Our body works better when we eat measured and balanced amounts of natural foods, preferably food that are grown on the specific season of the year. See the Food Calendar below (gives information about the beginning of the season and for several fruits and vegetables last for several months).

For the Northern Hemisphere, starting on:
March the fresh fruits and veggies are wild mushrooms.
April: parsnips and pea greens.
May: arugula, asparagus, Fava beans, lettuce, parsley, radishes, scallions/spring onions, spinach. June: beets/beetroot, broccoli, cabbage, carrots, cron, oregano, peas, strawberries, zucchini blossoms. July: apples, basil, blueberries, blackberries, cherries, cucumbers, eggplants/aubergines, garlic, green beans, melons, onions, peaches, peppers(sweet), potatoes, raspberries, squash(summer), tomatoes, zucchini/courgettes, courgette flowers.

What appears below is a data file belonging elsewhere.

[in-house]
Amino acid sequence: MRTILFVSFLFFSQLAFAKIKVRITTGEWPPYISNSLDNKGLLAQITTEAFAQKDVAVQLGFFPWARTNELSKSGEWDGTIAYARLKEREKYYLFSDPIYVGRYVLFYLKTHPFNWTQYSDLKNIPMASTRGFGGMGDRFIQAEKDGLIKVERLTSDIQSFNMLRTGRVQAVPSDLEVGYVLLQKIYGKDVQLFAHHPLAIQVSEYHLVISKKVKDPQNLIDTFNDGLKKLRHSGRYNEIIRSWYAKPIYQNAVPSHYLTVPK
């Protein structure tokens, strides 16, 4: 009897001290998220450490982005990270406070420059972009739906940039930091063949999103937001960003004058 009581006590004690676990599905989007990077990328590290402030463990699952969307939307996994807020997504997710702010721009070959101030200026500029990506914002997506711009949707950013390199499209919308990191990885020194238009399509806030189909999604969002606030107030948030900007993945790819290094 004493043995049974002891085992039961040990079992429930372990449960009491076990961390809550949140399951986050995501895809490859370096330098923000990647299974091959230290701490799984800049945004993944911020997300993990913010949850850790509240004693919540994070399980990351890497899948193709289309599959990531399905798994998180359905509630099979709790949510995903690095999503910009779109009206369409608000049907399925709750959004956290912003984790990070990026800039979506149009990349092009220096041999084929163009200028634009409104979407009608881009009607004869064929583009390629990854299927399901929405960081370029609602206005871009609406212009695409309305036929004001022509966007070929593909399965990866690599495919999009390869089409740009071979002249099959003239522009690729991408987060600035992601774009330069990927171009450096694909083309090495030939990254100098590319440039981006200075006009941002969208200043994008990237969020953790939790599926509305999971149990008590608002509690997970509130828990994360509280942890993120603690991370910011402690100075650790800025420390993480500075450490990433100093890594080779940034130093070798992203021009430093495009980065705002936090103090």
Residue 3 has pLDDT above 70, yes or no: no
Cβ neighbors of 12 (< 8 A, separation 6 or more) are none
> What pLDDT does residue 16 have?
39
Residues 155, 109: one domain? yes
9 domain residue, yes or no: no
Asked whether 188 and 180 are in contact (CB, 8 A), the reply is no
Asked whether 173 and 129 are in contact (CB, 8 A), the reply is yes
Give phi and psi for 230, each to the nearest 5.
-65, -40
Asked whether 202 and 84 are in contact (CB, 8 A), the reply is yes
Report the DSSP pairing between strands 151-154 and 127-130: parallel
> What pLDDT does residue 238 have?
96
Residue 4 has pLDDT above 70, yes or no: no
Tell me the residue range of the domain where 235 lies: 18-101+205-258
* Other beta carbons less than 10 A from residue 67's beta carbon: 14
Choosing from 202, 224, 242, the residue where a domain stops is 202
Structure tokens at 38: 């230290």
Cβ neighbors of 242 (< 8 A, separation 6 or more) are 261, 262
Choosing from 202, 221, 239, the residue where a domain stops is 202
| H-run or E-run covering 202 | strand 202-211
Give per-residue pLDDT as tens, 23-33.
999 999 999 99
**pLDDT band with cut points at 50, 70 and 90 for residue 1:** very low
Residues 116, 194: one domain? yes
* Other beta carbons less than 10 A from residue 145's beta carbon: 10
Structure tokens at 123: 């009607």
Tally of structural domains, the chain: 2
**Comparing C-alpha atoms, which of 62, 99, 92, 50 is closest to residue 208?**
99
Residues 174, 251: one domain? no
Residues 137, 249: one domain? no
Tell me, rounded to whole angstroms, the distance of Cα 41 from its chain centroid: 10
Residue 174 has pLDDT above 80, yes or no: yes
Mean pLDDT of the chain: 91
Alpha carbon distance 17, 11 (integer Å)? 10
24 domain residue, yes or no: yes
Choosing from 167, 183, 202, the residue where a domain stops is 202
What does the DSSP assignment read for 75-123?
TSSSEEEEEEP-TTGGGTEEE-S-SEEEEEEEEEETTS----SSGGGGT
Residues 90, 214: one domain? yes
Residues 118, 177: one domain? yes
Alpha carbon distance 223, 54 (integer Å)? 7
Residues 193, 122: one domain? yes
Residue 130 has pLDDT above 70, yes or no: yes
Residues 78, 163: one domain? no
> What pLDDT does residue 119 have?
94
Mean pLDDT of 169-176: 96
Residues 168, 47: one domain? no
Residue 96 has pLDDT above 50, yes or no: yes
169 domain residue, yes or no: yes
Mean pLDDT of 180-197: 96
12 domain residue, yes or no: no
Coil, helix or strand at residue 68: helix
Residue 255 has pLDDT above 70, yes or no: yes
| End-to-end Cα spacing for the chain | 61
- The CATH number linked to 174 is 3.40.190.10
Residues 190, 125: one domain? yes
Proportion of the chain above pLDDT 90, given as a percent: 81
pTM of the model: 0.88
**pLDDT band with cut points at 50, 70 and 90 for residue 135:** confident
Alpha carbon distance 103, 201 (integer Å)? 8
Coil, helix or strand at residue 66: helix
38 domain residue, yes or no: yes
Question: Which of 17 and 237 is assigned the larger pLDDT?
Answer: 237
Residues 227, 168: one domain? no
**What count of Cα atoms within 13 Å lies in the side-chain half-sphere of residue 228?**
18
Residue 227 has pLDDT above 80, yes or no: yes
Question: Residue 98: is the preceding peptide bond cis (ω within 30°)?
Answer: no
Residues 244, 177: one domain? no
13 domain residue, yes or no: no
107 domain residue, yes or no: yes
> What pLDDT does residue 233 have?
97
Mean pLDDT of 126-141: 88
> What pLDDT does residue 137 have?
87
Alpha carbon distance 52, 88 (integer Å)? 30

August: broccoli raab, cantaloupes, cauliflower, celery, currants, leeks, nectarines, okra, pears,  plums, squash(winter), turnips, watermelon.
September: Brussels sprouts, escarole, grapes, pumpkins, radicchio, shelling beans/shell beans. October: cranberries and fennel.

For the Southern Hemisphere, starting on:
January: apricots, asparagus, bananas, basil, blackberries, blackcurrants, blueberries, cantaloupes, celery, cherries, cucumbers, eggplants/aubergines, garlic, grapes, green beans, leeks, mangoes, nectarines, okra, peaches, pears, pineapples, plums, radishes, raspberries, red onions, redcurrant, scallions, snake beans, squash (pattypan), strawberries, sweet corn, tomatoes, watermelon, zucchini/courgettes, zucchini blossoms/courgette flowers.
February: apples, onions.